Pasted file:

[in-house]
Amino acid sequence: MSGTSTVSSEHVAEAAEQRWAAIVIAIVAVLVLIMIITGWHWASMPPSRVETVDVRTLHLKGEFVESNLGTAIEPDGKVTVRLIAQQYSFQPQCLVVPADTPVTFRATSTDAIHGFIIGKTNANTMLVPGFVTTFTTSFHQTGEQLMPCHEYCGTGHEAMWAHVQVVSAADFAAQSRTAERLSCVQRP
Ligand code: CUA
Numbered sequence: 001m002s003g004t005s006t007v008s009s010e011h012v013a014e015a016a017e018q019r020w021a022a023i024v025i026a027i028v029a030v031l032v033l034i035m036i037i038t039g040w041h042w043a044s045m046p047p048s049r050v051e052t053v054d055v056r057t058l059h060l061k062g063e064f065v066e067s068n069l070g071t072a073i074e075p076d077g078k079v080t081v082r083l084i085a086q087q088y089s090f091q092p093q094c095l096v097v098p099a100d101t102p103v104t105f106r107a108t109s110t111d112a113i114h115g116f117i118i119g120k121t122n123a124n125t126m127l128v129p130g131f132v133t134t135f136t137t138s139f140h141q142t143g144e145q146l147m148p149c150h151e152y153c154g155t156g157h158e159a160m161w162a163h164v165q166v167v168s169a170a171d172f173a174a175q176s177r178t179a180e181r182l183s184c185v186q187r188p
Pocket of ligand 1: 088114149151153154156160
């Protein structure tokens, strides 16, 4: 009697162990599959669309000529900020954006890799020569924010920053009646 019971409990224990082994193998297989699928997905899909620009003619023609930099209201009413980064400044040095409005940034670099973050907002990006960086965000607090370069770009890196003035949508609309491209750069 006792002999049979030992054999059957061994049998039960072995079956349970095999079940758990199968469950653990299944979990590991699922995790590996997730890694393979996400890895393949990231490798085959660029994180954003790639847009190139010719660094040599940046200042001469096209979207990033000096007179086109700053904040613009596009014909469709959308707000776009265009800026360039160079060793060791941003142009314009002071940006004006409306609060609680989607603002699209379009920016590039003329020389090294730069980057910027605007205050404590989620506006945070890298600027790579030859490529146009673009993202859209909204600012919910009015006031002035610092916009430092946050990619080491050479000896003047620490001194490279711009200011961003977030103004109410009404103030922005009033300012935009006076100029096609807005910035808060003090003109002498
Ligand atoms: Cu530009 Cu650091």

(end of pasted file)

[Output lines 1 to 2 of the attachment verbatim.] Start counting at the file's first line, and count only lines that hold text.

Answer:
[in-house]
Amino acid sequence: MSGTSTVSSEHVAEAAEQRWAAIVIAIVAVLVLIMIITGWHWASMPPSRVETVDVRTLHLKGEFVESNLGTAIEPDGKVTVRLIAQQYSFQPQCLVVPADTPVTFRATSTDAIHGFIIGKTNANTMLVPGFVTTFTTSFHQTGEQLMPCHEYCGTGHEAMWAHVQVVSAADFAAQSRTAERLSCVQRP